2 Difficulty levels
Ship speed selectable
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Developed by Hudson Soft
Published by Hudson Soft in 1992
Whenever a video game series reaches its fourth chapter it's only natural for fans to expect nothing but greatness, is it not? I can't be considered a fan, but to me this is especially true in regards to the Star Soldier franchise, after all I wasn't the least thrilled by Final Soldier, the third game. The formula of Super Star Soldier seemed to have been copypasted without much enthusiasm, to the point where this particular style of sterile, alien landscapes started to feel samey.
That said, I'm glad I decided to tackle the next chapter right away, for not only does Soldier Blade dismiss the "final" epitaph from its predecessor, but it also presents shooting action over terrains that feel more down to earth. Granted, the overall style hasn't changed much, but the game certainly goes beyond the emphasis on sci-fi by adding a few military-themed areas and some sections with nice parallax scrolling. In addition to that, as it's possible to assert from the amount of influences seen both in the graphics and the gameplay, it was very wise from Hudson Soft to take a look at what the other companies were doing at the time.
In keeping with the series tradition, besides the main game the HuCard also includes 2 and 5 minute caravan modes. Gameplay rules aren't the same for all of these modes though. When playing caravan you're stuck with the vulcan weapon and it's not possible to sacrifice power-ups for special attacks as you do in the main course.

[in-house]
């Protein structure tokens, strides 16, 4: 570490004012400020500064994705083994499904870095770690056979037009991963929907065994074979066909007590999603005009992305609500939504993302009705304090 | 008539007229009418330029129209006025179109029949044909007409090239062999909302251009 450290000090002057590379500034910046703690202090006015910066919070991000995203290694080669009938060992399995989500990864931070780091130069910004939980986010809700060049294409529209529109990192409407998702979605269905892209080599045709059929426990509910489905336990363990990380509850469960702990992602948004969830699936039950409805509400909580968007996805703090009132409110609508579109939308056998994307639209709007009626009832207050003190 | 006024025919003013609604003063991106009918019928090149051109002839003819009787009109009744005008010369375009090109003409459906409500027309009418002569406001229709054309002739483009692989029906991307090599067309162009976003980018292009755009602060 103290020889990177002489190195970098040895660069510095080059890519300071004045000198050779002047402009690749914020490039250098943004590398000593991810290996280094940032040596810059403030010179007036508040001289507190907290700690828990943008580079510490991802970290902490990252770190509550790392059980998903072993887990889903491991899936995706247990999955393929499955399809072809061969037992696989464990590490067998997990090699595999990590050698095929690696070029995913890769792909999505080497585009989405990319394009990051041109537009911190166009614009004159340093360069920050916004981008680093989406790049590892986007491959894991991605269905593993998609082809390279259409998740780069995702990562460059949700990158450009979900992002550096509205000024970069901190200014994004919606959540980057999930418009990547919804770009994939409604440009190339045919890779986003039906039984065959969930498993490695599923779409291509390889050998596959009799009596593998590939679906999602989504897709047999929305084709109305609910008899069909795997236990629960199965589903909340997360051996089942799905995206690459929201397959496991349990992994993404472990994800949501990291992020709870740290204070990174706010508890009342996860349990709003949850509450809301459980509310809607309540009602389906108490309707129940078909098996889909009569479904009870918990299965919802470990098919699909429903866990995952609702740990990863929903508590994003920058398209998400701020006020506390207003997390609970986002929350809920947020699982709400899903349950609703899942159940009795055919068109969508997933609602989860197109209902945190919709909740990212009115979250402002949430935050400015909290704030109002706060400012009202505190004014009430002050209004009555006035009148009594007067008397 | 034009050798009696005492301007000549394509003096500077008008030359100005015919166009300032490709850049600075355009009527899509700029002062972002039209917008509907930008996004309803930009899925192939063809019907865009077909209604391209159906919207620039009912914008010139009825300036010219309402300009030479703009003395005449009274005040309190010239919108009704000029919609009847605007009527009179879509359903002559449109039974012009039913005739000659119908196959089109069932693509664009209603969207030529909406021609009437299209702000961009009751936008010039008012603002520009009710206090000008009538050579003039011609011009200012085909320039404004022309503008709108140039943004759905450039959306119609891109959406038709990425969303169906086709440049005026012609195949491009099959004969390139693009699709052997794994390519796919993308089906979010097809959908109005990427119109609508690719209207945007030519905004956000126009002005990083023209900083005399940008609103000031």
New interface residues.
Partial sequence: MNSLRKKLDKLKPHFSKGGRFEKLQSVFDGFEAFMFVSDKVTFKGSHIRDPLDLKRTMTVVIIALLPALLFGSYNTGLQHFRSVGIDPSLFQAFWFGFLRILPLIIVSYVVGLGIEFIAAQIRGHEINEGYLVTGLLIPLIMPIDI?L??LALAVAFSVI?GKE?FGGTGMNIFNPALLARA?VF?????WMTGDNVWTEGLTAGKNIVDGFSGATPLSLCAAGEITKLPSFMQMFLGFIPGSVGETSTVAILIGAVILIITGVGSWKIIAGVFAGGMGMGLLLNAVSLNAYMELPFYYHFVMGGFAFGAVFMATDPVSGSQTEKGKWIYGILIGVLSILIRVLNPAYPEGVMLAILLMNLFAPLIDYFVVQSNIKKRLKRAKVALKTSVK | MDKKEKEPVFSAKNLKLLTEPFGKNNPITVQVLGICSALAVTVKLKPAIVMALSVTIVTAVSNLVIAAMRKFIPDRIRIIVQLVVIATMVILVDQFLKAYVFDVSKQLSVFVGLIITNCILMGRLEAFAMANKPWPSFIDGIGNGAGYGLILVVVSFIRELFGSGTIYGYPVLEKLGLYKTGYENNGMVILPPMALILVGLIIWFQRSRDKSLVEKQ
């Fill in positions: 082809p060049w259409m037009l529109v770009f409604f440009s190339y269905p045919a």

Blades over stars
The neverending battle for peace against outer space alien enemies is resumed as if nothing had changed, except for the arsenal your spaceship carries in its heroic quest. Commands work with shot in button II, special attack in button I and speed selection with SELECT (out of just two settings: low or high). There are three weapon types that change according to the color of the currently active power-up: classic Star Soldier 5-way vulcan shot (red), spread laser (blue) and wave shot (green). It takes only two power-ups of equal color to achieve maximum power, with every subsequent item of the same color resulting in a smart bomb that clears the screen of bullets and small enemies. Once any power-up is collected a single auxiliary invincible shadow ship starts trailing you around, improving your firepower a bit and blocking regular bullets. Every hit taken degrades firepower by one level, while deaths only occur if the ship is at its weakest condition.
I especially mentioned "currently active" above because of the way special attacks work. In the lower right corner there's a display that shows the last three collected power-ups. By pressing button I the current weapon is sacrificed into a special attack: if you're using vulcan the option homes in on the closest enemy, if you've got wave the option turns into a green cloud that travels around the screen damaging whatever lies in its path, if you've got laser the result is a thick laser beam. The good news is that the ship remains invincible during the whole special attack animation, and you can track how long it lasts by means of a small gauge that appears in the upper left corner of the screen. When the special attack is over the next weapon/power-up type in line takes over.